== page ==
He was the son of the late Charles and Mrs. Jesson of Gumley, Market Harborough in Leicestershire and has no known grave but is remembered on the Thiepval Memorial.
In April 1917 the battalion was heavily engaged in the Battle of Arras, which saw the highest daily casualty rate of any of the battles the British army were engaged at in the war. Between the 9th and 28th April they saw eight days of front line battle and came out of the battle with just 58 men left. The next five Officers fell during the Battle of Arras. None of them were recovered so all are listed on the Arras Memorial to the missing.
The Arras Memorial to the Missing
Lieutenant Giles Havergal SHAW
Killed in action 11th April 1917.
5th Battalion, attached to the 6th Battalion.
Giles was killed when the 6th Battalion attacked La Folie Ferme and Le Bergere on the 10th April, in conjunction with the 111th Brigade's attack on Monchy-Le-Preux.
Lieutenant Frederic George THOMPSON
Killed in action 11th April 1917, aged 28.
Frederic seems to have served in the 7th battalion at some stage but was in the 6th at the time of his death. He fell as the battalion held their newly won positions around La Bergere, south of Monchy le Preux along the Arras-Cambrai road.
Lieutenant Thompson was the son of Louisa S. Thompson of 79 Castle Road in Bedford and the late Frederic Thompson.
Second Lieutenant Bernard Valentine COLCHESTER
Killed in action 25th April 1917, aged 27.
Bernard had emigrated to Canada as a child so initially enlisted as Private 77929 in the 16th Canadian infantry, having served in France from the 26th April 1915. He arrived with the 6th Bedfords on the 12th December 1915 and survived the Somme battles of 1916 as well as two further assaults during the Arras battles in April 1917. On the 24th or 25th April Bernard was amongst the large officer casualty list from the battalion's attack against the wide open Greenland Hill, when they were badly mauled by a nest of machine guns in the infamous Chemical Works to their south.
Bernard's brother, Edward, had been killed by a shell on board HMS Irresistable at Gallipoli in 1915, just before she was torpedoed and another brother, Geoffrey, was severaly wounded and won the Military Cross in the Royal Engineers in 1916.
Bernard was the fourth son of Marguerite Branford Colchester from Great Shelford in Cambridge, and the late Edward Cromwell Colchester.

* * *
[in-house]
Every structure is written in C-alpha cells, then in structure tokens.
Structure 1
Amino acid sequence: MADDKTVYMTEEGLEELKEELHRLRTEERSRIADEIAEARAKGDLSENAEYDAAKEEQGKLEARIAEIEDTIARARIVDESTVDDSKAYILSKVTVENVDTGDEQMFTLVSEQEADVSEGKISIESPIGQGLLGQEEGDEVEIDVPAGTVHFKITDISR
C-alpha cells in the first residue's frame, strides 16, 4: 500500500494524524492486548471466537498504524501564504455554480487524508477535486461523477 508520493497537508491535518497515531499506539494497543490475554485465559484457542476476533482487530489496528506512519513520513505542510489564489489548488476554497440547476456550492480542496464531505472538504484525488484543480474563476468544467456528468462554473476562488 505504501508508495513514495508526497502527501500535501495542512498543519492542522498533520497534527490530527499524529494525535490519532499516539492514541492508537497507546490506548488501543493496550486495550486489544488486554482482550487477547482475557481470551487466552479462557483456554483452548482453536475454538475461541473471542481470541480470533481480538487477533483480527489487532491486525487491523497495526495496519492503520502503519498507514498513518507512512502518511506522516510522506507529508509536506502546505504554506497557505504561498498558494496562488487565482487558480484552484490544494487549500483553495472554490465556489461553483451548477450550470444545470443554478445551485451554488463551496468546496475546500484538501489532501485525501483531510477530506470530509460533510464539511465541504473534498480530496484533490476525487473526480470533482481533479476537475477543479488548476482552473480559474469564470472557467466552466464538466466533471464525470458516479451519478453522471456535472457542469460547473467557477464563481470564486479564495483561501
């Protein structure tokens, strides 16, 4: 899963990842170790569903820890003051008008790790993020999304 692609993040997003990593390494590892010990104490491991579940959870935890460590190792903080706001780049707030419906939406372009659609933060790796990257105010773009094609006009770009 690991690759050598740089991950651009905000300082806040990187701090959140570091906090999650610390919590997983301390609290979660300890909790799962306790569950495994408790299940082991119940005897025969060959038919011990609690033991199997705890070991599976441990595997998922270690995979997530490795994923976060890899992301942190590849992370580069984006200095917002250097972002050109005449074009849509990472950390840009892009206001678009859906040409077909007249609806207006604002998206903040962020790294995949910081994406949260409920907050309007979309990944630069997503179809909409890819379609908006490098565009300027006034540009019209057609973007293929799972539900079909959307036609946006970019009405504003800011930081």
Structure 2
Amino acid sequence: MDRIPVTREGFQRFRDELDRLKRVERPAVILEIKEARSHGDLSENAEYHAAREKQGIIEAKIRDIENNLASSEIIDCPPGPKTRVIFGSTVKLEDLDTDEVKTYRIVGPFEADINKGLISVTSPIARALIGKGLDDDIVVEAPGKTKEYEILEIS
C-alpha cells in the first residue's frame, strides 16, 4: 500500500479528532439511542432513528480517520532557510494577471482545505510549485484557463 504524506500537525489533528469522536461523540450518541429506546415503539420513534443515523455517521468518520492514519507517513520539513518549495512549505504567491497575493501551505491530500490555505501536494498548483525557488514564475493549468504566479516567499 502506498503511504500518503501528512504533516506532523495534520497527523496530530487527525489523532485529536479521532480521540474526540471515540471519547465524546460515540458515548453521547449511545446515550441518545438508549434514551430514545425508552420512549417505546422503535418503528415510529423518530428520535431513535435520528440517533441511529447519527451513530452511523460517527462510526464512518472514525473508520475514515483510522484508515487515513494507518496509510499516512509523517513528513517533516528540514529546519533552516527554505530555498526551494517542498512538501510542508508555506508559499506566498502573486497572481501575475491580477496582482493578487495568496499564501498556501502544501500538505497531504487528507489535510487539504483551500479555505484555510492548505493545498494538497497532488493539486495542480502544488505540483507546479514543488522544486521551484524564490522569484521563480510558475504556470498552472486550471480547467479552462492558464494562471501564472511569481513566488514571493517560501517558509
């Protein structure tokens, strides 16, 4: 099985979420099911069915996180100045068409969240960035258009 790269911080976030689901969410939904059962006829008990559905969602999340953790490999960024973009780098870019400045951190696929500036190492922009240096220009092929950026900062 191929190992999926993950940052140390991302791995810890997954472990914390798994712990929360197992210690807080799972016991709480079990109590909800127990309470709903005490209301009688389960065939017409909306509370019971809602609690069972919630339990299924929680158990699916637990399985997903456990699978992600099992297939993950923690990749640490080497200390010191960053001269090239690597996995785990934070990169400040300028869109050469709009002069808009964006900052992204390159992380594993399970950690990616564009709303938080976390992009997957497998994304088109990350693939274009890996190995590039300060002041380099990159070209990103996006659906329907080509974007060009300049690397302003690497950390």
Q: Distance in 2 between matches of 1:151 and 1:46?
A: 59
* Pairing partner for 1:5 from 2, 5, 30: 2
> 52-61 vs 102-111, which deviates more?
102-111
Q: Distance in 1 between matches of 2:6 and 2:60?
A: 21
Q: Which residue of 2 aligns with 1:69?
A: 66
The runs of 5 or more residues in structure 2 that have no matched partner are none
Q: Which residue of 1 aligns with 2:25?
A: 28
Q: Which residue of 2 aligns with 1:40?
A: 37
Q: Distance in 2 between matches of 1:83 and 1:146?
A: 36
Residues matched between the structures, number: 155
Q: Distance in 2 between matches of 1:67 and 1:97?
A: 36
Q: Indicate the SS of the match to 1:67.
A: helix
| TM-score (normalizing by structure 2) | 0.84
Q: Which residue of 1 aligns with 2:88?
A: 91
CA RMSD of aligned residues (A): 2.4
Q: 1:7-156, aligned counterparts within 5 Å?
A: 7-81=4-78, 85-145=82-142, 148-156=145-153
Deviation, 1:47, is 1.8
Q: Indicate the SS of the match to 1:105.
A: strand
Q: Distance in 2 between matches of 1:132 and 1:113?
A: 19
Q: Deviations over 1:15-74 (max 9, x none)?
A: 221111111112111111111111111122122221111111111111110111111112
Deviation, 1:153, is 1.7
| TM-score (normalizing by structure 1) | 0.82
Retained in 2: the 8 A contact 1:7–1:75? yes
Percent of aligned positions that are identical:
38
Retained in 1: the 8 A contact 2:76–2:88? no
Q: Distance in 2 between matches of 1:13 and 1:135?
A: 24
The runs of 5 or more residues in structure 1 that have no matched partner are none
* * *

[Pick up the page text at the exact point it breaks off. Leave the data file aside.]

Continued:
Second Lieutenant Herbert Edward FOSKETT
Killed in action 28th April 1917, aged 24.
Herbert enlisted into the army September 1914, becoming Private 2810 in the Hertfordshire Regiment. After training, he joined the 1st/1st Hertfordshires on the Western Front in April 1915 and by the time the Territorial soldiers were renumbered early in 1917, Herbert was serving as Acting Sergeant 265678.
After being commissioned as an officer 24 January 1917, he trained with the 5th Battalion but was posted to France. Second Lieutenant Foskett arrived with the 6th Bedfords in France on 16th April 1917 with three other officers, all of whom were killed or wounded within twelve days.
On the 28th April, the battalion attacked Greenland Hill for the second time in a few days but only 58 men survived the carnage of their attack, Herbert being among the long list of killed, wounded and missing.
Second Lieutenant Foskett was the son of Mary Foskett of Western Road in Tring, Herts, and the late Herbert Foskett.
Killed in action 28th April 1917, aged 27.
Ronald was the only son of Mr and Mrs Fulwood Rose from Bath and was educated at Bath College before gaining a degree from Magdalen College, Oxford. When war broke out he was a student of the Inner Temple but enlisted into the army and was commissioned as a Second Lieutenant in the 6th Battalion on 10 September 1914.
Ronald arrived in France with the battalion in July 1915 and was promoted to a Lieutenant 30 March 1916. He was presumably taken ill or wounded at some stage on the Somme, as he is recorded as rejoining them 16 April 1917. Twelve days later he was killed in action.
Lieuteuant Rose is remembered on the Arras Memorial to the missing and left a widow and a son.
Captain Geoffrey PEEL
Killed in action 17th July 1917, aged 22.
Geoffrey was a native of Bedford, educated at Bedford School before becoming a Scholar of Trinity College, Oxford in 1913, where he lived for a while afterwards. When war broke out Geoffrey enlisted into the Public Schools Brigade and was commissioned into the Bedfordshire regiment in 1915. He arrived with the battalion as a 2/Lt on the 23rd April 1916 and survived the Somme battles of that year as well as Arras in 1917. On the night of the 17th/18th July 1917 he was out in no-man's land on a recon patrol when he was killed.